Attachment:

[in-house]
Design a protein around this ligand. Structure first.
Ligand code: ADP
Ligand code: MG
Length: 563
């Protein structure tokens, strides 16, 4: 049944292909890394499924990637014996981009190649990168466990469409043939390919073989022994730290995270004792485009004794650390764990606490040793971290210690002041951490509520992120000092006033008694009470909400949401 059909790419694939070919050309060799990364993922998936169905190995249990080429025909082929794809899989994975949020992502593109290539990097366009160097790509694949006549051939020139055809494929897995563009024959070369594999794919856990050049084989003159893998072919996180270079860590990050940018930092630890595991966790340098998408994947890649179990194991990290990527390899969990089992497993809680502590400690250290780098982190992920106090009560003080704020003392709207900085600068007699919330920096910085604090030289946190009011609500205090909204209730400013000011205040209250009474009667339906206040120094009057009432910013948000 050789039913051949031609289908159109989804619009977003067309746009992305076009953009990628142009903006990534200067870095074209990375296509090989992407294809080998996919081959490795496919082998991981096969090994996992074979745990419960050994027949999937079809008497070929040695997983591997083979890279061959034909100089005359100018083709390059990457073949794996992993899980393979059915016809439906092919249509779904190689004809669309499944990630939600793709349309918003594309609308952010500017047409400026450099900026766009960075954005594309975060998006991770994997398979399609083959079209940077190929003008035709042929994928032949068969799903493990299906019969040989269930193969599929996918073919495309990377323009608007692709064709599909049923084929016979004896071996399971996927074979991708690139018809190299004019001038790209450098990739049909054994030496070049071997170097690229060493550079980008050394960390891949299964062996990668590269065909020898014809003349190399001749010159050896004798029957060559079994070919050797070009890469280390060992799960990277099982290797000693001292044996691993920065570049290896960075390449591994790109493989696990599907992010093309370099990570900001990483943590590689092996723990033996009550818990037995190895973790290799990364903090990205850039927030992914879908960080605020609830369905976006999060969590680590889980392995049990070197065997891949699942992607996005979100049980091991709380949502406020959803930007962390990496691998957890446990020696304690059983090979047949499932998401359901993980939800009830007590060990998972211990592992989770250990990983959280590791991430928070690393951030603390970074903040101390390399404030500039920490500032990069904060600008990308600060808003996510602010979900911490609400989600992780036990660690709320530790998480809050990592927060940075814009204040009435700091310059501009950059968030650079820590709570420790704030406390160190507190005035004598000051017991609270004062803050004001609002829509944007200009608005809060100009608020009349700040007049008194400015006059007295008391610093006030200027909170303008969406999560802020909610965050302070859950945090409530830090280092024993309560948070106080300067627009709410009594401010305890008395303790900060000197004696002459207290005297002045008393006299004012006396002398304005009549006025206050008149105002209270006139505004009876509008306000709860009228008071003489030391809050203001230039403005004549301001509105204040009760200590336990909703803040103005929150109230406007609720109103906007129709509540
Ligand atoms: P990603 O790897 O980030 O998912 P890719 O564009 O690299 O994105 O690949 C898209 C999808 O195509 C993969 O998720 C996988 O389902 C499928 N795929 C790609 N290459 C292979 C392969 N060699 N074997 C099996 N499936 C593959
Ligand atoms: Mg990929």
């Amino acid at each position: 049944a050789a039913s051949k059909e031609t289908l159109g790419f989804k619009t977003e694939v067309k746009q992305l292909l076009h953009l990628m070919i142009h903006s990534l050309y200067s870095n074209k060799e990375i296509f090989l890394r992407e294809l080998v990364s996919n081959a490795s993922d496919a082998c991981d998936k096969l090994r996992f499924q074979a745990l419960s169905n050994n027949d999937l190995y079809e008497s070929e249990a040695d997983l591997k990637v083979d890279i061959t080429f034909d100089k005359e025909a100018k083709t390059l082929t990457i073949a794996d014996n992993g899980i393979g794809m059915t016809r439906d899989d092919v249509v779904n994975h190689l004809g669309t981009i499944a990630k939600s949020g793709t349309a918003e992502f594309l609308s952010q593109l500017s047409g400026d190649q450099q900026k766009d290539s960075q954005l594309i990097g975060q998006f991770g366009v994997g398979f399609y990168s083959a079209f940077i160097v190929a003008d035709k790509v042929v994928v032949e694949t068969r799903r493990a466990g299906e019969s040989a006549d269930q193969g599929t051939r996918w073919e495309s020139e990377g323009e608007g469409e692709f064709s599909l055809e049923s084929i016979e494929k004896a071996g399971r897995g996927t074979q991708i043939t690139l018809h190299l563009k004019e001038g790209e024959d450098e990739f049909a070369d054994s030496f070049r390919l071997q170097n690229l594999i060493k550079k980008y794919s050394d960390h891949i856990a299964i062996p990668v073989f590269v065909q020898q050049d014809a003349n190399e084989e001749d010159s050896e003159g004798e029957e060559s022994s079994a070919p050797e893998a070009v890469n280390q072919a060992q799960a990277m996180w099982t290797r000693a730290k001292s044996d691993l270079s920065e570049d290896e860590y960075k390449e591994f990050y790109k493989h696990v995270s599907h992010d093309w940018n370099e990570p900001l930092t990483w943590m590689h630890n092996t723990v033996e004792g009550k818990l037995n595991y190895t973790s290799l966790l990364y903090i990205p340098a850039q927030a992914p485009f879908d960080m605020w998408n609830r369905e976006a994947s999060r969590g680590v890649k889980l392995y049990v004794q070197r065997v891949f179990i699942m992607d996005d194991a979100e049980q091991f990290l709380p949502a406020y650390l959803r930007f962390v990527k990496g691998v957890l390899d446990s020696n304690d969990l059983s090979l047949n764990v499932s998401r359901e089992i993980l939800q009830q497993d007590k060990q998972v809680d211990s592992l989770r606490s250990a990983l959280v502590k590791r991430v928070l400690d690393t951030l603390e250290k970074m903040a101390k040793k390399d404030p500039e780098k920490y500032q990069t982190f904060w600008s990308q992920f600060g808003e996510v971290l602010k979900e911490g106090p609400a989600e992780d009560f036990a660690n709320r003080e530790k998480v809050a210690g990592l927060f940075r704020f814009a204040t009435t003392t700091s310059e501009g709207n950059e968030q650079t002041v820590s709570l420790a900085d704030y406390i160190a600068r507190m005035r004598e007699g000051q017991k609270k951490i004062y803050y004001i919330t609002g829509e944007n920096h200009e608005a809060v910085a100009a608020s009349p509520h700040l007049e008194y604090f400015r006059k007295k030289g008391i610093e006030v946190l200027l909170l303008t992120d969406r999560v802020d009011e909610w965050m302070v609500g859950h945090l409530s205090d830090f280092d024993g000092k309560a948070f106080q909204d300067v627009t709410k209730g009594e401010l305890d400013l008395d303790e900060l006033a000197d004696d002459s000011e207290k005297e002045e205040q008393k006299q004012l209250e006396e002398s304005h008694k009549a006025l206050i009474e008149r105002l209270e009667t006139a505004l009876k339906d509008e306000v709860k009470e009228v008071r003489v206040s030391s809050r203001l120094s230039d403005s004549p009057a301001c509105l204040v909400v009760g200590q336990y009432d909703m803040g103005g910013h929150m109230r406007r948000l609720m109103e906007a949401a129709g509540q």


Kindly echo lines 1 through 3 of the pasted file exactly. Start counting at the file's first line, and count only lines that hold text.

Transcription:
[in-house]
Design a protein around this ligand. Structure first.
Ligand code: ADP